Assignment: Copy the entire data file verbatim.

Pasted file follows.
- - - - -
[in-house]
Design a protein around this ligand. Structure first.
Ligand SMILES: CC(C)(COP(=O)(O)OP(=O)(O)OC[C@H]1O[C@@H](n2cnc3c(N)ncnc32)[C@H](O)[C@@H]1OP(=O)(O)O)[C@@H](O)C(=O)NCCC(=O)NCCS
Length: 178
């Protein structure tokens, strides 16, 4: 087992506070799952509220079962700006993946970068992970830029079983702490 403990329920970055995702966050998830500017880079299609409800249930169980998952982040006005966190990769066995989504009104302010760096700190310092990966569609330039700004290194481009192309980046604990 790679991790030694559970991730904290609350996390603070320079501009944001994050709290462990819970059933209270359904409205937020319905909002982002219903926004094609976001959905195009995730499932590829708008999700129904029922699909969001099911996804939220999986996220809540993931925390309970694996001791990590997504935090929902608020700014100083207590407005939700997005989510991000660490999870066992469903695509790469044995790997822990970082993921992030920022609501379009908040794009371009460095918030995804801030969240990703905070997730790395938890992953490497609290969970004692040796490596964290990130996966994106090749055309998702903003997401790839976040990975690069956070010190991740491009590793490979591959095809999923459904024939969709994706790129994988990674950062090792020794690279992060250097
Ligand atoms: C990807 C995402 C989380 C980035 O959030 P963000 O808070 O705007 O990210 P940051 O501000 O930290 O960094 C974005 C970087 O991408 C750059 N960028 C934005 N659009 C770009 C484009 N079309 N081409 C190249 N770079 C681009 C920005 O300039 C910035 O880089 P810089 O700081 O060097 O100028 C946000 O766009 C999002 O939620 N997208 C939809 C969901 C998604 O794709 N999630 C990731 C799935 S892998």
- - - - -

[in-house]
Design a protein around this ligand. Structure first.
Ligand SMILES: CC(C)(COP(=O)(O)OP(=O)(O)OC[C@H]1O[C@@H](n2cnc3c(N)ncnc32)[C@H](O)[C@@H]1OP(=O)(O)O)[C@@H](O)C(=O)NCCC(=O)NCCS
Length: 178
């Protein structure tokens, strides 16, 4: 087992506070799952509220079962700006993946970068992970830029079983702490 403990329920970055995702966050998830500017880079299609409800249930169980998952982040006005966190990769066995989504009104302010760096700190310092990966569609330039700004290194481009192309980046604990 790679991790030694559970991730904290609350996390603070320079501009944001994050709290462990819970059933209270359904409205937020319905909002982002219903926004094609976001959905195009995730499932590829708008999700129904029922699909969001099911996804939220999986996220809540993931925390309970694996001791990590997504935090929902608020700014100083207590407005939700997005989510991000660490999870066992469903695509790469044995790997822990970082993921992030920022609501379009908040794009371009460095918030995804801030969240990703905070997730790395938890992953490497609290969970004692040796490596964290990130996966994106090749055309998702903003997401790839976040990975690069956070010190991740491009590793490979591959095809999923459904024939969709994706790129994988990674950062090792020794690279992060250097
Ligand atoms: C990807 C995402 C989380 C980035 O959030 P963000 O808070 O705007 O990210 P940051 O501000 O930290 O960094 C974005 C970087 O991408 C750059 N960028 C934005 N659009 C770009 C484009 N079309 N081409 C190249 N770079 C681009 C920005 O300039 C910035 O880089 P810089 O700081 O060097 O100028 C946000 O766009 C999002 O939620 N997208 C939809 C969901 C998604 O794709 N999630 C990731 C799935 S892998």